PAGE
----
Written by: Arkadiusz Sieron, PhD
The economy seems to be recovering, while bond yields are increasing again, sending gold prices down.
Not good. Gold bulls can be truly upset. The yellow metal continued its bearish trend last week. As the chart below shows, the price of gold has declined from $1,807 on Monday (Feb. 22) to $1,743 on Friday (Feb. 26).
What happened? Well, last week was full of positive economic news. In particular, personal income surged by 10 percent in January, compared to only 0.6-percent rise in the previous month. Meanwhile, consumer spending increased 2.4 percent, following a 0.4-percent decline in December. This means that, on an absolute basis, personal consumption expenditures have almost returned to the pre- pandemic level, as the chart below shows.
Additionally, durable goods orders jumped by 3.4 percent in January versus a 1.2-percent increase one month earlier. Moreover, initial jobless claims declined from 841,000 to 730,000 in the week ending February 20, as the chart below shows. It means that the economic situation is improving, partially thanks to the December fiscal stimulus.
And, on Saturday (Feb. 27), the House of Representatives passed Biden’s $1.9 trillion stimulus package. Although the bill has yet to be approved by the Senate, the move by the House brings us one step closer to its implementation. Although the additional fiscal stimulus may overheat the economy and turn out to be positive for gold prices in the long-term, the strengthened prospects of higher government expenditures can revive the optimism in the financial markets, negatively affecting the safe-haven assets such as gold .
Finally, on Saturday, the FDA authorized Johnson & Johnson’s vaccine against COVID-19. This decision expands the availability of vaccines, which brings us closer to the end of the epidemic in the U.S. and offers hope for a faster economic recovery. The new vaccine is highly effective (it provides 85-percent protection against severe COVID-19 28 days after vaccination) and most importantly, requires only one dose, which facilitates efficient distribution. So, the approval of another vaccine is rather bad news for gold and could add to the metal’s problems in the near future.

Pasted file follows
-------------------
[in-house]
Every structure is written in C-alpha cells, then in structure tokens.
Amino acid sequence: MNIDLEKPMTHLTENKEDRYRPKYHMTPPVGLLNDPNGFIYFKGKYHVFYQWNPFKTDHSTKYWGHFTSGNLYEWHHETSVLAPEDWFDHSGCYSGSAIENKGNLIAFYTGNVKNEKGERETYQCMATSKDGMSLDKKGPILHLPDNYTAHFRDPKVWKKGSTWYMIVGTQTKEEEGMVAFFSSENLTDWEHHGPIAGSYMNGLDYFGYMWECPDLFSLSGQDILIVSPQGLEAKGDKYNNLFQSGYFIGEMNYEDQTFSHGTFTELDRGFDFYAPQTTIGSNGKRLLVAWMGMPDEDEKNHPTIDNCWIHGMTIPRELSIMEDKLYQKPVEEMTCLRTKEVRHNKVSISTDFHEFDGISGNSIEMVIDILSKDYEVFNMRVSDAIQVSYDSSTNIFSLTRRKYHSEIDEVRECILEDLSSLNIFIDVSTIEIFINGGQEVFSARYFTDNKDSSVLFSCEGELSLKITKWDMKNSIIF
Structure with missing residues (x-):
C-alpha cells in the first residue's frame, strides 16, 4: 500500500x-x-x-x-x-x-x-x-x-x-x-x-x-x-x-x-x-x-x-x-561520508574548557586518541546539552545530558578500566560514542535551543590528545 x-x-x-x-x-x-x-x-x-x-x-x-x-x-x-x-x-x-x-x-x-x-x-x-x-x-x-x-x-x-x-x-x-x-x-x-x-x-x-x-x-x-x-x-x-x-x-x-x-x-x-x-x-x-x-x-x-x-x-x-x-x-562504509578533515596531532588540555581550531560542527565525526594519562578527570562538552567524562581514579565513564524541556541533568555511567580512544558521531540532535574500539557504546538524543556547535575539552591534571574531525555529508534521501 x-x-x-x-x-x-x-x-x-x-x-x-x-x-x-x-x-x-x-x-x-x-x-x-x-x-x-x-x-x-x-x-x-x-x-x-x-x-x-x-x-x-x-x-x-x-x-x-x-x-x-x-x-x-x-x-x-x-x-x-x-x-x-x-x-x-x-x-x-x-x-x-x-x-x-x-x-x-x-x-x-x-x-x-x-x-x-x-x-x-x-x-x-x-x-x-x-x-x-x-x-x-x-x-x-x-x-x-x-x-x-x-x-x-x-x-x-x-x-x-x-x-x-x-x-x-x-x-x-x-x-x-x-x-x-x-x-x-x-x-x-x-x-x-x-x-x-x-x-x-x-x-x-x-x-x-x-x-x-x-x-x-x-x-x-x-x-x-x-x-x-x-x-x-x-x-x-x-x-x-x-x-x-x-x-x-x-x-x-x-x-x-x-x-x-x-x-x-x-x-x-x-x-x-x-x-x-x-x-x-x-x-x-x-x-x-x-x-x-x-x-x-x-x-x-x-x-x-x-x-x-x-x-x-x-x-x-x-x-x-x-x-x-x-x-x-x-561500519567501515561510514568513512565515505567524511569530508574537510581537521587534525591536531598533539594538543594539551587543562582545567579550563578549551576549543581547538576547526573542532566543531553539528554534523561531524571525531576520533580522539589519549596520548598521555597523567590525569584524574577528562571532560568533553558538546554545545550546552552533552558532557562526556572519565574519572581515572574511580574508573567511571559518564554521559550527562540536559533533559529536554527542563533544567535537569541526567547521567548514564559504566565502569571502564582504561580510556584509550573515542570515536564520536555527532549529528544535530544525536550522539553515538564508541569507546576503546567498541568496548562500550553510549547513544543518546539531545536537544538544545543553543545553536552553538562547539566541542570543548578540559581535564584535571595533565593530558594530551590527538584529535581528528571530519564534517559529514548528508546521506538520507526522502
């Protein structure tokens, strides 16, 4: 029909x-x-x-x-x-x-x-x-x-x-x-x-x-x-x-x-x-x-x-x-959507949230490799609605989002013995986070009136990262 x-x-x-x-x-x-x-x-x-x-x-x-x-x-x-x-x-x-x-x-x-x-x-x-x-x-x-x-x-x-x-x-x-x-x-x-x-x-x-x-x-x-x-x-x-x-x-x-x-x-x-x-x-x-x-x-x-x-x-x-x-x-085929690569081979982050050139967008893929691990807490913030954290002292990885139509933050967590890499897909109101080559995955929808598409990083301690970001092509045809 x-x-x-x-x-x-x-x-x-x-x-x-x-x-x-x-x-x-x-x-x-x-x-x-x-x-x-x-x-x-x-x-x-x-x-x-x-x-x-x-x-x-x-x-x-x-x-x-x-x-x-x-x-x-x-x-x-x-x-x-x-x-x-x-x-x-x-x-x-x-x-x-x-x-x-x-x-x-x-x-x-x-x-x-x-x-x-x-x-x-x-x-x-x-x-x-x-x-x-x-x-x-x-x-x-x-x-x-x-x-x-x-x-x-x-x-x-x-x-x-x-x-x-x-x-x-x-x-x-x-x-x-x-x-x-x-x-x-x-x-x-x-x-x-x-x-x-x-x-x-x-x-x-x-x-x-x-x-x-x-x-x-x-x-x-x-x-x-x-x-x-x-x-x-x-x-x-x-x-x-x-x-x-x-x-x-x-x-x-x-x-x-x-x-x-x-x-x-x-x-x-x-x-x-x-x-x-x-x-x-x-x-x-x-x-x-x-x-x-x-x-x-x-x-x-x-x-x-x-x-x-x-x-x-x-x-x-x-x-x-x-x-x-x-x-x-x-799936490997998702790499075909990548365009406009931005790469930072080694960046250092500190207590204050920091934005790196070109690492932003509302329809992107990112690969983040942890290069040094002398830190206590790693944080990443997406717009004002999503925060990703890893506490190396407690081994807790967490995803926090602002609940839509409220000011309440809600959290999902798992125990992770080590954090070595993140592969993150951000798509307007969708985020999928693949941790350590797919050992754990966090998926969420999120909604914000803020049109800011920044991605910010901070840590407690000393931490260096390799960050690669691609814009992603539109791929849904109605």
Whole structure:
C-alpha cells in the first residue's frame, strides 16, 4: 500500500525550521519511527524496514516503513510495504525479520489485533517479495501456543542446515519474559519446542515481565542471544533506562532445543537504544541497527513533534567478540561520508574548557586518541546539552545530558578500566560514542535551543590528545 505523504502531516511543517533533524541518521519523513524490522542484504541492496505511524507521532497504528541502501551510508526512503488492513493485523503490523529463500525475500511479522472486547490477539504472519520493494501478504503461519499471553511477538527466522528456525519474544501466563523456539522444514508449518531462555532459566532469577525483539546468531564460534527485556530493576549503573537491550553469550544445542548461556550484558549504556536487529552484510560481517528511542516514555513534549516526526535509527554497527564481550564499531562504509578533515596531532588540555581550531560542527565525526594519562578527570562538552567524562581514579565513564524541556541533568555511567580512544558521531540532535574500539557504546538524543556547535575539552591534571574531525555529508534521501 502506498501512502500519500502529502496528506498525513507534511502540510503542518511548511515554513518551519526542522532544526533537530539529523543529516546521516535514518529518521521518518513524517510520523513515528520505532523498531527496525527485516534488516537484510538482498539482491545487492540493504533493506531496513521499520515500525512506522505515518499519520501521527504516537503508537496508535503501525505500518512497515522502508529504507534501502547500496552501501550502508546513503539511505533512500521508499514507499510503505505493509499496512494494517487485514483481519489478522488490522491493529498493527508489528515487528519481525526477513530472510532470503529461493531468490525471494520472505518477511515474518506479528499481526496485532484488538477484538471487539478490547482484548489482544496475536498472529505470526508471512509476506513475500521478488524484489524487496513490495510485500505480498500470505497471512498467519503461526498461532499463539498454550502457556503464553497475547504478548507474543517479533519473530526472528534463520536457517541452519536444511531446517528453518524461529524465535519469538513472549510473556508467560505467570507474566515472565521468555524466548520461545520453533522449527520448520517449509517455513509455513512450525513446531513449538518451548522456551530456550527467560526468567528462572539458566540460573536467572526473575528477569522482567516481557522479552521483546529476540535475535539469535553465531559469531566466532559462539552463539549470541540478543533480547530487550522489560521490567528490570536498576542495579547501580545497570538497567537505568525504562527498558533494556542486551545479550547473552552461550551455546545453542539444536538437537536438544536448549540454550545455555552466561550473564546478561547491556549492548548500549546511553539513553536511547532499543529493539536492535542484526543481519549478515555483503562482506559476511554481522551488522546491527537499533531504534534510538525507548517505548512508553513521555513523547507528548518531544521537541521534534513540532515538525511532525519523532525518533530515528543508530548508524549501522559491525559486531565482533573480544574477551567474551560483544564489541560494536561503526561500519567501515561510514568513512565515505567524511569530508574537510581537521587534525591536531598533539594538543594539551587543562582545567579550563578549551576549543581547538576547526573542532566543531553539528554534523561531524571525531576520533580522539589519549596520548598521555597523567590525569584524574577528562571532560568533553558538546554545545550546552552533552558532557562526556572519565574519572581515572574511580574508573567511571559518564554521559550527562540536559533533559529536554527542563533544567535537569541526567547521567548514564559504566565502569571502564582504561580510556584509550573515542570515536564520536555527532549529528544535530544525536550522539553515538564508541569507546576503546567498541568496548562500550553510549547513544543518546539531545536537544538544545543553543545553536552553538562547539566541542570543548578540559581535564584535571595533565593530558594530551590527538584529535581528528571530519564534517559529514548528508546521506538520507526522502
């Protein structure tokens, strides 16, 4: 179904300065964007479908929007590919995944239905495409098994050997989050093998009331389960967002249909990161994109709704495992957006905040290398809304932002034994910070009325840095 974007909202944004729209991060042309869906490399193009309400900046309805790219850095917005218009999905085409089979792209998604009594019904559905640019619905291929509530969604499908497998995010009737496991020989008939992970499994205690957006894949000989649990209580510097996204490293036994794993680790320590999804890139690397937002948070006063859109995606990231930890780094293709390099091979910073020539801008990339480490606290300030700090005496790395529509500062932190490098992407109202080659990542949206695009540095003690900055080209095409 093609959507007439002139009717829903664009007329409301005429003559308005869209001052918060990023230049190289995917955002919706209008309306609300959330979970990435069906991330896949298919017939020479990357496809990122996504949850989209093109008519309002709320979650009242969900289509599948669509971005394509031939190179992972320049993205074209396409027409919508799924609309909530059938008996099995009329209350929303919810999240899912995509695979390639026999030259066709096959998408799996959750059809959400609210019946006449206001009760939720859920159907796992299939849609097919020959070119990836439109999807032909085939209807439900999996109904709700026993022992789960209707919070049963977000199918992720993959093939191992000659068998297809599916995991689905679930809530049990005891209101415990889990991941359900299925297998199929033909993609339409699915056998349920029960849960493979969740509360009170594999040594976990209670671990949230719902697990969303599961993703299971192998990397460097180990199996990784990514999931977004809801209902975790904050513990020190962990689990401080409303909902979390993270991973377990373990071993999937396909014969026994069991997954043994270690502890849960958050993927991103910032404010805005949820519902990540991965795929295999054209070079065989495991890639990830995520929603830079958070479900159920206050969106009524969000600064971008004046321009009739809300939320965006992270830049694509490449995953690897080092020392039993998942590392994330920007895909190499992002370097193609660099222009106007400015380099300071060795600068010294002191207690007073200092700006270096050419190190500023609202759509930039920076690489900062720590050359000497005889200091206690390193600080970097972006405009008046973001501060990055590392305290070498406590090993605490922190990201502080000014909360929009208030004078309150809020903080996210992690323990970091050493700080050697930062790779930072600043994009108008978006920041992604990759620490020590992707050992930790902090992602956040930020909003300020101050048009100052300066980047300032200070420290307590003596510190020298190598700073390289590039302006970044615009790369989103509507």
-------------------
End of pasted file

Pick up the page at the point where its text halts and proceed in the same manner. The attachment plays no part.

However, the most important development from the last week was the jump in the bond yields . As the chart below shows, after a short stabilization in the first half of the week, the yields on the 10-year Treasuries indexed by inflation rose from -0.79 to -0.60 percent on Thursday (Feb. 25). This surge in the real interest rates is negative for the price of gold.
What does this all mean for the price of gold? Well, the increase in the bond yields is clearly bad for the yellow metal. Although they have partially risen to strengthened inflation expectations, the real interest rates have also soared. It means that investors expect wider fiscal deficits and expanding vaccination to accelerate inflation only partially, but in a large part, it will speed up real economic growth. This is a huge problem for gold, as real interest rates are a key driver of gold prices.
An additional issue is that the expectations of higher economic growth and inflation create accompanying expectations for the Fed to tighten its monetary policy and hike the federal funds rate , which exerts downward pressure on gold prices.
This is what we were afraid of at the beginning of the year. We noted that the real interest rates were so low that the next move could be up. Importantly, there is further room for upward trajectory, as the real interest rates are still importantly below the pre-pandemic level.
However, we wouldn’t bet on the return to the levels seen last year. After all, interest rates didn’t return to the pre-crisis level after the Great Recession , so it’s unlikely that they will do it now. Additionally, investors should remember that the U.S. government is now so heavily indebted that if Treasury yields continue to increase, the Fed would have to intervene. A failure to do so would mean that the interest expenses would grow too much, creating serious problems for the Treasury. So, the current bearish trend in gold may not last forever – although it may still take some time.
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